Narrated by Tony award-winning actress and AKA member Phylicia Rashad, Twenty Pearls tells the story through narration, interviews and archival assets. The first-feature-length documentary on an African American sorority, shows viewers the impact of Alpha Kappa Alpha Sorority, Inc.® on the Harlem Renaissance, World War II, NASA, Civil Rights, Women’s Rights and HBCU endowments. Interviews include Alpha Kappa Alpha International President and CEO Dr. Glenda Glover, Vice President Kamala Harris, Miss Universe Ireland 2019 Fionnghuala O’Reilly, Smithsonian Secretary Lonnie Bunch III, Anna Eleanor Roosevelt Fierst and many more.


The coming together of the film was “fortuitous,” says Adams, who pledged as an undergraduate at Howard University. She remembers having a conversation with Dr. Glenda Glover, the national president of Alpha Kappa Alpha Sorority, Inc.® and current president of Tennessee State University, an HBCU in Nashville, about wanting to make a film that memorialized the importance of the sorority and HBCUs.

“Thankfully we have a president who is a visionary and planted the seed for this project to tell our story and the story of HBCUs,” says Adams. Shortly thereafter, Adams was invited to attend a short film screening at BronzeLens film festival in Atlanta and was so moved by the film, she talked with the director afterwards. The director was Deborah Riley Draper. The rest you can say is history.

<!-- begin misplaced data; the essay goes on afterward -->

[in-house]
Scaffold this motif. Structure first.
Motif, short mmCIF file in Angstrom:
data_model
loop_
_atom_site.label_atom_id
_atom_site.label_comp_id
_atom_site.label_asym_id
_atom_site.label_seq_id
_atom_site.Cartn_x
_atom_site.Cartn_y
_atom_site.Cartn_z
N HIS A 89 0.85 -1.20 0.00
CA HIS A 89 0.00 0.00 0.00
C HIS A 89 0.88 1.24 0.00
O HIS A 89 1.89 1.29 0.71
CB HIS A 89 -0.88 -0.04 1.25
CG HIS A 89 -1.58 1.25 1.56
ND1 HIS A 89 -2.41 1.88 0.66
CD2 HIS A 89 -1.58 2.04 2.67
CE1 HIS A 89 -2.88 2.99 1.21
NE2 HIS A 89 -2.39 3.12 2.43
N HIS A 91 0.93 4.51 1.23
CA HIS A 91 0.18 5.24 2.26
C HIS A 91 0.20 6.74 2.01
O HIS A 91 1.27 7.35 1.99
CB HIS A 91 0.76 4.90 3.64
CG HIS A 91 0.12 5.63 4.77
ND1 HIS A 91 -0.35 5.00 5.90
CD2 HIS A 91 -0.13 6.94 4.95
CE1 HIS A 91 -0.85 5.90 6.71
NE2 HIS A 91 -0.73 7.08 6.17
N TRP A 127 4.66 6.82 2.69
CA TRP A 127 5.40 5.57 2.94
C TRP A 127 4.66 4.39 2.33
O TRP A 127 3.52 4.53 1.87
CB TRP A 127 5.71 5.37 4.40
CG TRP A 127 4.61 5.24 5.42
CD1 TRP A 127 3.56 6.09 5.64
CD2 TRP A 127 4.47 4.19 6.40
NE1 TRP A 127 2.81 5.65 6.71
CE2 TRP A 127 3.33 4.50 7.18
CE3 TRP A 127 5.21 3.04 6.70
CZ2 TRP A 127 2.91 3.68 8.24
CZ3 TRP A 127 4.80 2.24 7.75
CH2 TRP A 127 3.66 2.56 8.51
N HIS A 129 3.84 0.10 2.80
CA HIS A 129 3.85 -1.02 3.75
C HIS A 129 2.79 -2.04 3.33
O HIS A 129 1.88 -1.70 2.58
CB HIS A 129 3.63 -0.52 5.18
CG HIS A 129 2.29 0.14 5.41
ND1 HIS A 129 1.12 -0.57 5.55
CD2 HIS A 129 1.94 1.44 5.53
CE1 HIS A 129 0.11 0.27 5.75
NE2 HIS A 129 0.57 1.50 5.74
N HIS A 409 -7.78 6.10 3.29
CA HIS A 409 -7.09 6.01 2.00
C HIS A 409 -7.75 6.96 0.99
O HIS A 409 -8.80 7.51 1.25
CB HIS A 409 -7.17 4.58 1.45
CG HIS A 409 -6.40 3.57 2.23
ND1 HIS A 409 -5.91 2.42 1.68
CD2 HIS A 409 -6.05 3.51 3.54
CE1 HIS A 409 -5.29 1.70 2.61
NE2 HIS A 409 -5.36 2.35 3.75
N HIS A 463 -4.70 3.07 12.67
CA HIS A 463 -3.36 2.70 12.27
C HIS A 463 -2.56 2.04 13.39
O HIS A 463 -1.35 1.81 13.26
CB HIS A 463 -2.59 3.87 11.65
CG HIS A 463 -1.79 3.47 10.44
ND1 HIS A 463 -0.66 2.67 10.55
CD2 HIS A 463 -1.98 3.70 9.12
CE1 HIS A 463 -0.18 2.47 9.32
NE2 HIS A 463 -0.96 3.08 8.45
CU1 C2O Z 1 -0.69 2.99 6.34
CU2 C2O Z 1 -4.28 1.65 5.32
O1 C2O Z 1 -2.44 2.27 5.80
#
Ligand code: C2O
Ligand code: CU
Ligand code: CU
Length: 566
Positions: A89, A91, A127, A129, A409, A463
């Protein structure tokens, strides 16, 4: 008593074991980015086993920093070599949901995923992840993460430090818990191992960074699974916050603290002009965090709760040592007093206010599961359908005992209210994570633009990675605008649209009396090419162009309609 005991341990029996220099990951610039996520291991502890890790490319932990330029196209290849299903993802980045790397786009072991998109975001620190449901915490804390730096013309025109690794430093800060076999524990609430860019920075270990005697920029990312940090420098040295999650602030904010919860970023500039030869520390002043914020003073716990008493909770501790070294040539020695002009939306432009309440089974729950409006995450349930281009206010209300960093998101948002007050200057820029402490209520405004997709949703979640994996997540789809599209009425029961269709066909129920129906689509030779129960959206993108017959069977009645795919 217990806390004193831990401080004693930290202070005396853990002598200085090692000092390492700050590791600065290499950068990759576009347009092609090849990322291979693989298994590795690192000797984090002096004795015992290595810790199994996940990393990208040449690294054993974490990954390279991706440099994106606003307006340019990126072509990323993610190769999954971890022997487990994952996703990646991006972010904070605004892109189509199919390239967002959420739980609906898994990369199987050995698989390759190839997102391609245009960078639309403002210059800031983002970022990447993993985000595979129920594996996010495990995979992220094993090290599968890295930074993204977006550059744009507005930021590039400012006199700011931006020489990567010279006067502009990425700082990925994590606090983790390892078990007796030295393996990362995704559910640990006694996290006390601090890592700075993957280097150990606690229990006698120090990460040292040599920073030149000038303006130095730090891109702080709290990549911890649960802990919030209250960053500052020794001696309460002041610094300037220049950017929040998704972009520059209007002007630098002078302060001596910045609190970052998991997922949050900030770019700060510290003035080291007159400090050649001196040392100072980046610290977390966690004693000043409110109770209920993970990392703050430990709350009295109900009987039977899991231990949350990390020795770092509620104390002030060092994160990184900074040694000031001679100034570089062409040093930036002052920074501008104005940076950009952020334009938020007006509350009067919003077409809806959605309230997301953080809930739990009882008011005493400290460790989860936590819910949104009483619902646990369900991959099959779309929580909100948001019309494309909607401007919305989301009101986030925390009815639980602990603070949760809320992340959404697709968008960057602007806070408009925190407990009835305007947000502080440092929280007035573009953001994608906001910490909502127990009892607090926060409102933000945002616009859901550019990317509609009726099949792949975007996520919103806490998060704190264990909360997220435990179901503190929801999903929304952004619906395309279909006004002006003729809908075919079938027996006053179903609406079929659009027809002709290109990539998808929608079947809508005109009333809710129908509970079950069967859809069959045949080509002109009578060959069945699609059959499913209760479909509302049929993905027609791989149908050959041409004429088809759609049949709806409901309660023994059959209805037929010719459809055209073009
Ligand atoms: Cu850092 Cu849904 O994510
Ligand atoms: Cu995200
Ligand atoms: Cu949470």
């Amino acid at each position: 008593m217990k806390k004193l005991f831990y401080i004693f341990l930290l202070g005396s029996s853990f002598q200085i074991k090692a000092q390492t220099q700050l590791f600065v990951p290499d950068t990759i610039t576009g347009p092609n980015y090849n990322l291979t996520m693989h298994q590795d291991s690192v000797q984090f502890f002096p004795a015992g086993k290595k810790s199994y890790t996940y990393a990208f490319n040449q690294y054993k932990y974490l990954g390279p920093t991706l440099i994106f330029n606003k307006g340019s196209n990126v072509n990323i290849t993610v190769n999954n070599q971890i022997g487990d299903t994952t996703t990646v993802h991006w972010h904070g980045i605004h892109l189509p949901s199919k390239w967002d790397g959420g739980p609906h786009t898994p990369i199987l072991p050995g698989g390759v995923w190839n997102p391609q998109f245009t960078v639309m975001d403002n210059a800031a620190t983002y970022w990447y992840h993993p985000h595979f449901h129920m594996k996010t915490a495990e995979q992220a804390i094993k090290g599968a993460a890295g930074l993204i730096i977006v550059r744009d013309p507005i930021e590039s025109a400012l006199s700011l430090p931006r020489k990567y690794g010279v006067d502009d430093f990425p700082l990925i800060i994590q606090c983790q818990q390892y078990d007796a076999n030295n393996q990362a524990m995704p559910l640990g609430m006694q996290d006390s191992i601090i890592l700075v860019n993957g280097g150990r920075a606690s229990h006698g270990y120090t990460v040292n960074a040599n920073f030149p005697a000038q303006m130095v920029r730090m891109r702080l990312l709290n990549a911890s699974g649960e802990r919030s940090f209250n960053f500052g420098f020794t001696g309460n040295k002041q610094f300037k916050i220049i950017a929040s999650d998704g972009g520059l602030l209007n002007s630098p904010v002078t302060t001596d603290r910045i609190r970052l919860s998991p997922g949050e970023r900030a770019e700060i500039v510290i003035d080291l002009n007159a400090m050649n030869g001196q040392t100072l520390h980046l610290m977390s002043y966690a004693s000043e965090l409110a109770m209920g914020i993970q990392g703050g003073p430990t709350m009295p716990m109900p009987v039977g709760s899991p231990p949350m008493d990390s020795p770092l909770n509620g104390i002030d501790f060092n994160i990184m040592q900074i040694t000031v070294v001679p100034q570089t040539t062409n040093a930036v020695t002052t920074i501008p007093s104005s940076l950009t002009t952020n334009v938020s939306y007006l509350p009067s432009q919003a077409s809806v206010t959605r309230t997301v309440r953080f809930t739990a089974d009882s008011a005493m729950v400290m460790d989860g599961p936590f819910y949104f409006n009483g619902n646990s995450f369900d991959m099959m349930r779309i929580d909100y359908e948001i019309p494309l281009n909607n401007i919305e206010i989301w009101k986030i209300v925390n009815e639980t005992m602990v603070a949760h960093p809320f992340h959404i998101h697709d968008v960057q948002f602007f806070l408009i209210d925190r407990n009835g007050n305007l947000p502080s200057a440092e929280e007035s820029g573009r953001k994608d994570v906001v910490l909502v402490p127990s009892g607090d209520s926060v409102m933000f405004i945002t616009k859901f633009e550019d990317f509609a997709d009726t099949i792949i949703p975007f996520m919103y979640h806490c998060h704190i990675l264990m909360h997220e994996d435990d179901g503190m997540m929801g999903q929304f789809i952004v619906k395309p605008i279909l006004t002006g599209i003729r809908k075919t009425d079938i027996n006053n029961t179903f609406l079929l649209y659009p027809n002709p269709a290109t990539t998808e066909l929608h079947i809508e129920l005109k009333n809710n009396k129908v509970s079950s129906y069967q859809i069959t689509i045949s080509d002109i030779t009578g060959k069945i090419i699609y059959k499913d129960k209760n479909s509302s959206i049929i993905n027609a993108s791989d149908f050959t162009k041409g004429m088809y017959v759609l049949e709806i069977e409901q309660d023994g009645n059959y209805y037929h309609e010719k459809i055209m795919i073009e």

Dr. DeRetta Rhodes, a member of Alpha Kappa Alpha, who is featured in the documentary, was excited to be included in the film because of the importance the sorority holds in her life and the community, says the HBCU alum. “I am a legacy member. I watched my mother pledge grad chapter when I was 15 and I knew I wanted that shared experience with her,” says the EVP/Chief Human Resources Officer for the Atlanta Braves Organization. “When you think about the impact our sorority has had in this country with various civil rights and social justice movements, the fact that many dynamic Black women are a part of that legacy of service is also powerful,” adds Rhodes.

In many of our classrooms, we are required to learn a version of American history that is presented to us. We are now well aware there are other parts of our history that have been omitted, minimized and in some cases completely eliminated from the narrative which does not serve us well,” says Adams.

Twenty Pearls is available nationwide On Demand, starting March 30 on cable systems. Check your local cable guide for channel information.


This article was written by Nsenga K. Burton, Ph.D., founder & editor-in-chief of The Burton Wire. Dr. Burton is a life member of Alpha Kappa Alpha Sorority, Incorporated® and appears in the documentary “Twenty Pearls: The Story of Alpha Kappa Alpha Sorority, Inc.® Follow Nsenga on Twitter @Ntellectual or @TheBurtonWire